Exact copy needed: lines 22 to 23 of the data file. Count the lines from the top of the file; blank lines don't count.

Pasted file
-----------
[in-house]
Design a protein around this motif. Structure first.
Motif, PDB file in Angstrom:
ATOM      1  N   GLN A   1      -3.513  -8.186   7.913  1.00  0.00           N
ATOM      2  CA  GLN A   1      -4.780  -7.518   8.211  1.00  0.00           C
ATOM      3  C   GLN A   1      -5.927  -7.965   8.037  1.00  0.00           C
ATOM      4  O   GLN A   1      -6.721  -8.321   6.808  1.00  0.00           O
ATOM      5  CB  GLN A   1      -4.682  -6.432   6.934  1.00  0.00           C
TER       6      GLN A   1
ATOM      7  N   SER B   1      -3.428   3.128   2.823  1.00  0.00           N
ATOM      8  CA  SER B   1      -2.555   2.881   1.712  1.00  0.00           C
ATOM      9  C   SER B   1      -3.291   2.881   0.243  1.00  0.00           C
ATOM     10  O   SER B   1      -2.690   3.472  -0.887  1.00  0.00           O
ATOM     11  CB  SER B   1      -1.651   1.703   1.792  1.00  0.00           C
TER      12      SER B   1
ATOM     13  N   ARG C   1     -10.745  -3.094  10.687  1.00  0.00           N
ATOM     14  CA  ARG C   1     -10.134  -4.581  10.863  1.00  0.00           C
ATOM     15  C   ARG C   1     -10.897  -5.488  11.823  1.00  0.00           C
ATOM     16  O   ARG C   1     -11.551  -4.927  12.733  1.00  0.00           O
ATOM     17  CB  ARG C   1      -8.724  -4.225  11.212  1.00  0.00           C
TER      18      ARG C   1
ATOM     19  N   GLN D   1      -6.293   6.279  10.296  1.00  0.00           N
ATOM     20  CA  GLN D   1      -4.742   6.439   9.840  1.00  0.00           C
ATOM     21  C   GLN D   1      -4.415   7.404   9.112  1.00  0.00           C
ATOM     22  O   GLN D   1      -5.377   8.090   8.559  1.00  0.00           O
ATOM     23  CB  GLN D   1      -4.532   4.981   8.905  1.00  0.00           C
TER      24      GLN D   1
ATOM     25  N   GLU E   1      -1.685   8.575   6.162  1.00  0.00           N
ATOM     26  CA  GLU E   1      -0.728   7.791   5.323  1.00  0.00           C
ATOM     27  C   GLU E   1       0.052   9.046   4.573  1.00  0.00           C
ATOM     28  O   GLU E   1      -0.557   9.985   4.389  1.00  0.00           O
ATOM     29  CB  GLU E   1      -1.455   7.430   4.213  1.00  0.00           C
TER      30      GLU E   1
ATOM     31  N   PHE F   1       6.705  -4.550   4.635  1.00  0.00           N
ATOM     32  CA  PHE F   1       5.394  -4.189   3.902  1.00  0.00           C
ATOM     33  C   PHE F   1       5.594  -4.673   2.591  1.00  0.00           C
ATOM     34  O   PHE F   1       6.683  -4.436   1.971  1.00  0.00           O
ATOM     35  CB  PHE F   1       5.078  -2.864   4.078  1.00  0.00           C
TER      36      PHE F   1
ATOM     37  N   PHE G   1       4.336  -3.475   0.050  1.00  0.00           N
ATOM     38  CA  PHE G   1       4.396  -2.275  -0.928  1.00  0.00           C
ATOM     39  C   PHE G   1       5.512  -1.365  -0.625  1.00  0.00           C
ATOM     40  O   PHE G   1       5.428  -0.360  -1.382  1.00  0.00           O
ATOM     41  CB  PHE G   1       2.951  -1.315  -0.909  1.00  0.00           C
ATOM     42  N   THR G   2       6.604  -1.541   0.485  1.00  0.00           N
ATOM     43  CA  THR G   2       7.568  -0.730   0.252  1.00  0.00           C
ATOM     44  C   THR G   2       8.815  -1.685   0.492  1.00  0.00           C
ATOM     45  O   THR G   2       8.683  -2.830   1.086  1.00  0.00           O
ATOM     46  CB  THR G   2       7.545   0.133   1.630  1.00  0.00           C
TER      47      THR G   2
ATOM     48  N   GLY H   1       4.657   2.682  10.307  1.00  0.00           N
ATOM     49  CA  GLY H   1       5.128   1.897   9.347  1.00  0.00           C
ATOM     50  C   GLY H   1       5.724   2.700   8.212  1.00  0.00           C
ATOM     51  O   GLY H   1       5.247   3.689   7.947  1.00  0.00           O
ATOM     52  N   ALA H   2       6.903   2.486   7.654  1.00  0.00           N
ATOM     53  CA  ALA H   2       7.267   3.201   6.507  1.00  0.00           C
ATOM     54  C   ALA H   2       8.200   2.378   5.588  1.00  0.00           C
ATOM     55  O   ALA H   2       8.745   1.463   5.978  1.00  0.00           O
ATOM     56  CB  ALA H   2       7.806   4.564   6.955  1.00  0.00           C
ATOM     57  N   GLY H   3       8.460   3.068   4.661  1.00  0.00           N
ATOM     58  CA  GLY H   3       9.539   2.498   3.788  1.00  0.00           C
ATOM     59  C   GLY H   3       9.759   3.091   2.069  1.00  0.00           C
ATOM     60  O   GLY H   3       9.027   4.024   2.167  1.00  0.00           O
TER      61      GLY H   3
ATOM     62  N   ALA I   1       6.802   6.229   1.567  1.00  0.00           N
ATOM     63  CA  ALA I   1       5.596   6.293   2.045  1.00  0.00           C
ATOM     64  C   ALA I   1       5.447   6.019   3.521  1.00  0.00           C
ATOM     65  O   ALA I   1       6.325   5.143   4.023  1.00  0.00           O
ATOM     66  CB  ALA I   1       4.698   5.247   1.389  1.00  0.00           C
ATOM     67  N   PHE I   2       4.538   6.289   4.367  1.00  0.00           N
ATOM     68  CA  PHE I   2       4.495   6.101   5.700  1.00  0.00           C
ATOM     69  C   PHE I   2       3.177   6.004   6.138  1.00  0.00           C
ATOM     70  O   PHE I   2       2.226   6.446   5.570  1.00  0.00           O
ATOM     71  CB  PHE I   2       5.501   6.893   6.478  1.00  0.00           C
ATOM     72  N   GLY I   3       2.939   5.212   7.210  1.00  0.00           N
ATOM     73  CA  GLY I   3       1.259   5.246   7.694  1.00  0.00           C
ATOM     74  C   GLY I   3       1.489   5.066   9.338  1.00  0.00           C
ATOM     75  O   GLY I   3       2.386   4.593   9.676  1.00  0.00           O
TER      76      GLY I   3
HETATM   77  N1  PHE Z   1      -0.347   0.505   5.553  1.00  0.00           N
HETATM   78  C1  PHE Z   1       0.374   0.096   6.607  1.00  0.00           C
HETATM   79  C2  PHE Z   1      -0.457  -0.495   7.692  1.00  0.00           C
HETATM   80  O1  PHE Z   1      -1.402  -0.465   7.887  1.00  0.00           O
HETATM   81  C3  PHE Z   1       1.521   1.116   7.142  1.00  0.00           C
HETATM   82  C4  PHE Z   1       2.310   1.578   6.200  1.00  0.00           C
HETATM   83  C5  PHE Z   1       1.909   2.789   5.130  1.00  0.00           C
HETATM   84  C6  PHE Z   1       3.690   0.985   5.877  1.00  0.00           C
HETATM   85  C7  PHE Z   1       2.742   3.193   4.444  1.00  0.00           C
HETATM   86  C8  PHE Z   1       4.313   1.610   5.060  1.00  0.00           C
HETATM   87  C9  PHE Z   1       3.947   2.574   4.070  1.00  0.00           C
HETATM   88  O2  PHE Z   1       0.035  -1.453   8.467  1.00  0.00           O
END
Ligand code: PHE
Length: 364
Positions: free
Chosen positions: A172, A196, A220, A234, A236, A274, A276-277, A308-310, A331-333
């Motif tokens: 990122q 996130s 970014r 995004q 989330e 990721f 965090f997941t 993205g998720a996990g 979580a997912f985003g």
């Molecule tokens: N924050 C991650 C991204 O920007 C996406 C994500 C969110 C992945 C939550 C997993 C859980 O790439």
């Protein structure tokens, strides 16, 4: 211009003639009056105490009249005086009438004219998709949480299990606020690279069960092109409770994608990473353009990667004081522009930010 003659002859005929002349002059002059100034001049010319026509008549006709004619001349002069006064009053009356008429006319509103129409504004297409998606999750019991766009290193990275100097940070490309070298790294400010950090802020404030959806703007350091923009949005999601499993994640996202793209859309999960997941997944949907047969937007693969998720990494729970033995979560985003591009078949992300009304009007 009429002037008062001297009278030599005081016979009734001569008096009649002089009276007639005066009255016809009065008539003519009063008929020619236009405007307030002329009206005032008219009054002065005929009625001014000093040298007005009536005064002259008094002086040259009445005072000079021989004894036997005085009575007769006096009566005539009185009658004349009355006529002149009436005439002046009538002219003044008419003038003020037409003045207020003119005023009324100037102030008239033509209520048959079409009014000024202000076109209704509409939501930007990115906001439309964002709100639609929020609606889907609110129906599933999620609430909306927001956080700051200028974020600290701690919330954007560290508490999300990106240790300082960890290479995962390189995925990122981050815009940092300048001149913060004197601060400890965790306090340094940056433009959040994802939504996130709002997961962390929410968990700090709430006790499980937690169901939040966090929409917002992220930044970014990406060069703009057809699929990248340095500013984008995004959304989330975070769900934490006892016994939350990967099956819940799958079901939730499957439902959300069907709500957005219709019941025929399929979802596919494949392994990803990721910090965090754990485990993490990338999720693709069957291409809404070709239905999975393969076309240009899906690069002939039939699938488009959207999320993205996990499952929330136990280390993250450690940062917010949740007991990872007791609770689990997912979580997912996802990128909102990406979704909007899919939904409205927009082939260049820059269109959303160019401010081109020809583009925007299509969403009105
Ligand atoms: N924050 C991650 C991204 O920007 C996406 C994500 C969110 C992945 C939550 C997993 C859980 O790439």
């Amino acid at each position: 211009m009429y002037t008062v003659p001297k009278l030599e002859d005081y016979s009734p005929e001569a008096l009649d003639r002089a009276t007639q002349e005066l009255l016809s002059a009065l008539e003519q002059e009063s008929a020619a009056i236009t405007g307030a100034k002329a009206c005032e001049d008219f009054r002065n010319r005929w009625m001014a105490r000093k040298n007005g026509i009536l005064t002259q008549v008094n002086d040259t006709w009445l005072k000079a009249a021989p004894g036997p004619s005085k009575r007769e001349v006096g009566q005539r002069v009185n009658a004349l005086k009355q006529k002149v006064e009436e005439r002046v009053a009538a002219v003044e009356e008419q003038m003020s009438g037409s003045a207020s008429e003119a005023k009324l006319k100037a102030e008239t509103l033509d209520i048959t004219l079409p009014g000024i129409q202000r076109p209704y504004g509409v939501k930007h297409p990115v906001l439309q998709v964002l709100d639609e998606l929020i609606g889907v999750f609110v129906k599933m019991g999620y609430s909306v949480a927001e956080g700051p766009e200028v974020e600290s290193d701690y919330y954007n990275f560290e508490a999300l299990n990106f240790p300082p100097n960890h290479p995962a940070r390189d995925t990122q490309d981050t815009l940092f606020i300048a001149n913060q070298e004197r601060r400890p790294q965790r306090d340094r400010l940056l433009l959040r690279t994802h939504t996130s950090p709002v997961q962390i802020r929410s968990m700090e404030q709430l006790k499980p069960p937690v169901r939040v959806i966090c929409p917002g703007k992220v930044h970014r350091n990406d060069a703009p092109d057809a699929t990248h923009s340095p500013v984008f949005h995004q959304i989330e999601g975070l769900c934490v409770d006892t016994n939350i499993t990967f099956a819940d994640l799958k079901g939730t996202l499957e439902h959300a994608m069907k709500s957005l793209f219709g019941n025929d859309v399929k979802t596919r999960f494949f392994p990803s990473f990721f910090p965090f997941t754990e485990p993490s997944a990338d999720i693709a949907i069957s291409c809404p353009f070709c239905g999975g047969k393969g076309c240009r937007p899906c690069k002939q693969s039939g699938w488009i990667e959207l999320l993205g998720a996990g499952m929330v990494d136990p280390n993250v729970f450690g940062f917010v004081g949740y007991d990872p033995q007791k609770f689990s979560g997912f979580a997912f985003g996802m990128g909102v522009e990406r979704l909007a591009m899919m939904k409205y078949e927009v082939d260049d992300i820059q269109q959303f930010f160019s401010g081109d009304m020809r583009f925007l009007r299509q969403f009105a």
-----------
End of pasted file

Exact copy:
ATOM     19  N   GLN D   1      -6.293   6.279  10.296  1.00  0.00           N
ATOM     20  CA  GLN D   1      -4.742   6.439   9.840  1.00  0.00           C